Jessica Jones’ Motown Revue at Dunedin Brewery

Colorado chanteuse Jessica Jones enjoys assembling bands around the country to play a run of shows of a wide assortment of genres. Currently, she has descended upon Florida for a three-night run featuring Motown and other soul songs presented by Get Laws’t Entertainment. She had help putting together another crack outfit of musicians. This quartet centers on the keyboard wizardry of Marcus White (Voodoo Visionary, Marcus King Band). He is joined by three of the best players from Jacksonville: bassist Shane Platten (Melody Trucks Band, Ginger Beard Man), Jay Umlauf (Grindstone Sinners) on guitar, and drummer Jamal ‘Music City’ Wright. 

Opening night (October 21) of the run was at Dunedin Brewery. Tonight (October 22), the ensemble travels Sully’s Livewire in Melbourne, with Truphonic also on the bill. Sunday JJ and crew will blow it out at 1904 Music Hall in Jacksonville.

Umlauf was an interesting choice for this project. He is a brilliant rock shredder, not a funky rhythm guitarist. That dynamic changed the way the band approached many of the songs from the Motown canon and other soul favorites. The crowd certainly seemed pleased with the result.

Jones, statuesque in a gorgeous purple sequined gown with blond tresses falling on her shoulder, is clearly a fan of The Four Tops, selecting three of their songs to perform, beginning with “It’s the Same Old Song.” Platten and White provided backing vocals all night. The pattern often was for Umlauf and White to solo, varying the order.

Next they went to The Shirelles’ songbook for “Mama Said.” Platten and Jones later explained that the quartet had learned all the material and how to play it straight up, which then gave them the opportunity to improvise, such as the reggae breakdown they took.

For The Supremes’ “You Keep Me Hanging On,” Umlauf’s screaming guitar was perfect, following brilliant electric piano from White. We also witnessed the backbone of the quartet as Platten and Wright shoved it into overdrive. WOW!

They offered a relaxed version of “Sunny” (Bobby Hebb) which became stronger as the song progressed. Someone in the crowd asked about “Me and Mrs. Jones,” the Billy Paul hit. Jones and White played through a few bars of Me and Mr. Jones,” laughing all the while before admitting it was not a song the band had practiced. They returned to the setlist for another Four Tops smash “Reach Out, I’ll Be There” and then got dark and dirty on “I Put a Spell On You” (Screamin’ Jay Hawkins), Umlauf and White again out front.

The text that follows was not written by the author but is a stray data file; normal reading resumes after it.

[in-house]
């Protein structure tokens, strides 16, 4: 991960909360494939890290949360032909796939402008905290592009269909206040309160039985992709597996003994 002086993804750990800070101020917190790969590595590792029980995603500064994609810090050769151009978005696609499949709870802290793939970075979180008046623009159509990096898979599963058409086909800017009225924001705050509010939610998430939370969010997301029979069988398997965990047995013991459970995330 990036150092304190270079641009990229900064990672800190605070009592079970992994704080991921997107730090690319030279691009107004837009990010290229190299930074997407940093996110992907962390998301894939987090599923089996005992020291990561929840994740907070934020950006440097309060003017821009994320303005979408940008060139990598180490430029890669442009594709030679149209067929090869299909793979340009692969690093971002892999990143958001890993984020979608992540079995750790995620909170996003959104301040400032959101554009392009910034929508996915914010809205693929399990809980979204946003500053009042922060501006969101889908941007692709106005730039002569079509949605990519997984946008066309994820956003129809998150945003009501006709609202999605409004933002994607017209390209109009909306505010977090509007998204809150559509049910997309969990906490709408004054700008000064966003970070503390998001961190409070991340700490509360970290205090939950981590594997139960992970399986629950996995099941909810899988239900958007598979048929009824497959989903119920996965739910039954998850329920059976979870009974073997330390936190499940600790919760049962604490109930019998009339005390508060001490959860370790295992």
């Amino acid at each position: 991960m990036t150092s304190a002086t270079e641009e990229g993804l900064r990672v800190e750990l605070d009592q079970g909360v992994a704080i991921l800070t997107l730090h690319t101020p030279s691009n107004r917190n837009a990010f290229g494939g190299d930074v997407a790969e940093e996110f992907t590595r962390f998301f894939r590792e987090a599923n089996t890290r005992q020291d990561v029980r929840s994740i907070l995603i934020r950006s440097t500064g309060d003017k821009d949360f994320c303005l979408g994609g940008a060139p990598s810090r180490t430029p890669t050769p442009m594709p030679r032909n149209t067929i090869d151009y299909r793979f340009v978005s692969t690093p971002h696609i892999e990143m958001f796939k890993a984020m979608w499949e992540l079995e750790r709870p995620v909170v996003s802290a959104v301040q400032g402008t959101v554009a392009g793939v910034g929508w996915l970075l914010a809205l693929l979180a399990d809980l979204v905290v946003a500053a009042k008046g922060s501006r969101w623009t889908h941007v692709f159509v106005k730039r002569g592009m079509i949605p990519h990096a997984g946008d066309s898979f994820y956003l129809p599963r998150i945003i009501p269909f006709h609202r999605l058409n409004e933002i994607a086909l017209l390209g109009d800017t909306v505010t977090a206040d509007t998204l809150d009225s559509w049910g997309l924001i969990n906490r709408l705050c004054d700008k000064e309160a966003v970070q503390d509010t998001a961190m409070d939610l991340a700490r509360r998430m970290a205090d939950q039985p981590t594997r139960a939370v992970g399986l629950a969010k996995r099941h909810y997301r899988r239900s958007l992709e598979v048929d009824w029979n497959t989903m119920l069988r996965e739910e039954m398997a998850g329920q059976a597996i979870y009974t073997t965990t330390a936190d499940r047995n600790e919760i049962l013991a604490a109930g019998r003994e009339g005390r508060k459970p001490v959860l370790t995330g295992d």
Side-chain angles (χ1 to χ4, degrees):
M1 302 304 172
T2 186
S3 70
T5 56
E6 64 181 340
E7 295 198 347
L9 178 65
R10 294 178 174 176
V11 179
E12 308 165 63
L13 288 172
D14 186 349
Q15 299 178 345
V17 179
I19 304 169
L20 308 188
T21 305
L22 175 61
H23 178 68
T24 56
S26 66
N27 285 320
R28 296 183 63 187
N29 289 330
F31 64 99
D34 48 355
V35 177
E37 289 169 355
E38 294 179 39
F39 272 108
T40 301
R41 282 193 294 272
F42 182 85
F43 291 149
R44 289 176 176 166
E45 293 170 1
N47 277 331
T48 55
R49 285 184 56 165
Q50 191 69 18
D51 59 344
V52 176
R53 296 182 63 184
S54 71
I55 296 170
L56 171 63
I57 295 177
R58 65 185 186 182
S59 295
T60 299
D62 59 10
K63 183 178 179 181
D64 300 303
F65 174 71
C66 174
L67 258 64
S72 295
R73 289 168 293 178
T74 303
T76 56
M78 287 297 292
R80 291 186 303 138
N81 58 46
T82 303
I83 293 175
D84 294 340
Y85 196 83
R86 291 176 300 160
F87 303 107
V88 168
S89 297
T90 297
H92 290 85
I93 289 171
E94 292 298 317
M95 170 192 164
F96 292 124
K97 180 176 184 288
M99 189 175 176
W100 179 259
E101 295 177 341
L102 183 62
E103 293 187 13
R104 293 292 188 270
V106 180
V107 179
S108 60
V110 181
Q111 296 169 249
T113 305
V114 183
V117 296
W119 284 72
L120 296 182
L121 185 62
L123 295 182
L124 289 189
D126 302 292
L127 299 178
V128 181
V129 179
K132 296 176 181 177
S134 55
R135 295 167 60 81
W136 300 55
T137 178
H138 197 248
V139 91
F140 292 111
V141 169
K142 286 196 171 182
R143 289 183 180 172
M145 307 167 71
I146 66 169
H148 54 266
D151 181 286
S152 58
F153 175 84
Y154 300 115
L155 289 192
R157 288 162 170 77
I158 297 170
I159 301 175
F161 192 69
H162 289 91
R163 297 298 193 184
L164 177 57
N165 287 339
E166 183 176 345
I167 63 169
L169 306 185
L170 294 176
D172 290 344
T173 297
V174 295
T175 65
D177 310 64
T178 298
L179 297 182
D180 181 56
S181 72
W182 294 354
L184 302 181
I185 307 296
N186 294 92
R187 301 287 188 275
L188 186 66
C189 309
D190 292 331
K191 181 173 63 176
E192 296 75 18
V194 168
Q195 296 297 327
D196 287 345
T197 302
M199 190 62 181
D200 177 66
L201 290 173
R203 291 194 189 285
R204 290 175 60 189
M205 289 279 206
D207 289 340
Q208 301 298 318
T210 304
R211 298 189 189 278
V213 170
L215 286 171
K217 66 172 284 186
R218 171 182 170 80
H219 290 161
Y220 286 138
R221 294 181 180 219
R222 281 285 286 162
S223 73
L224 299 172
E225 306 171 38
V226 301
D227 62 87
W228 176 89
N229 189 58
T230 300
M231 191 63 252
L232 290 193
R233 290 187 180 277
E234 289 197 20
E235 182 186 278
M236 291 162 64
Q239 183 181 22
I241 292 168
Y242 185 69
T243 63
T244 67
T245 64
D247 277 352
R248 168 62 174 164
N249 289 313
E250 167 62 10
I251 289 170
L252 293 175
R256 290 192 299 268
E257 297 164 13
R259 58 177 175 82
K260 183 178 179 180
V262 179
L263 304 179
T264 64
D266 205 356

There was no question about what song was next as White played an extended intro to “Papa Was a Rolling Stone” (The Temptations), with some great work from Wright before Jones sang, “It was the third of September…” This was the highlight of the first set. The jam got huge, centering on White and Wright (best performance I’ve ever heard from the drummer). Platten was his beastly self here and throughout the evening, so powerful on bass.

Somewhere along the line, Jones and White began singing those familiar lyrics from “Soul Makossa” (more familiar from MJ’s “Wanna Be Starting Something”), “Mama ko mama sa maka makossa.” Finally, Jones twisted the jam into one of her favorite mashup songs, bobby Caldwell’s “Open Your Eyes.” 

Wonderful first set.

Jones jumped headfirst into “I Heard It Through the Grapevine,” the original version by Gladys Knight and the Pips (actually, the first version was by The Miracles, but Berry Gordy nixed it). Umlauf and White did lots of interplay here, Umlauf’s best playing of the night in that funky rhythm mode. Next was The Supreme’s “My World is Empty Without You,” followed by “BEechwood 4-7648,” the hit by The Marvelettes.

Stevie Wonder’s “Uptight (Everything’s Alright)” turned into a rave-up between White and Wright. Wright had a feature, and when the dust settled they had shifted to “Tears of a Clown” (The Miracles). White the Instigator teased “Funkytown.” The groove actually got very Dead-like with Umlauf in Garcia territory. Chris Sgammato had grabbed his alto saxophone and sat in.

The ballad offered next was simultaneously beautifully placed and a complete surprise: “Midnight,” the collaboration between Krhuangbin and Leon Bridges. Umlauf and Sgammato had nice solos here.

Jones announced that they had one more song left. There were numerous requests, but the group stuck with the playlist for The Four Tops’ “Standing in the Shadows of Love.” This was a kickass version that jammed for quite a while until White the Instigator began playing the chords for “Chameleon,” Herbie Hancock’s fusion masterpiece. Jones stood back of stage as the quartet blasted off, Sgammato and White soloing and Platten and Wright driving the jam into the stratosphere. As it drifted back toward Earth, White introduced a Latin vamp that maintained until the end of the track.

And… pandemonium. Last song? WE DON’T THINK SO!

As the band returned to the stand, Jones asked that the dance floor in front of the stage be cleared. That done, they jumped into a powerhouse “Rock Steady” (Jones’ motto, BTW). AND a young man who had been there all night, removed his hat and put on an astonishing and magnificent breakdance exhibition. That twirling on his neck? DAMN! Turns out he is Victor Dimaren. He danced with The Weeknd at the Super Bowl!


{Hoping that decent photographs will surface.]


[ONE: It’s the Same Old Song, Mama Said, You Keep Me Hangin’ On, Sunny, Me & Mr. Jones, Reach Out I’ll Be There, I Put a Spell On You, Papa Was a Rolling Stone > Open Your Eyes; TWO: I Heard It Through the Grapevine, My World is Empty Without You, Beechwood 4-5789, Uptight (Everything’s Alright) > Tears of a Clown, Midnight, Standing in the Shadows of Love > Chameleon; E: Rock Steady]

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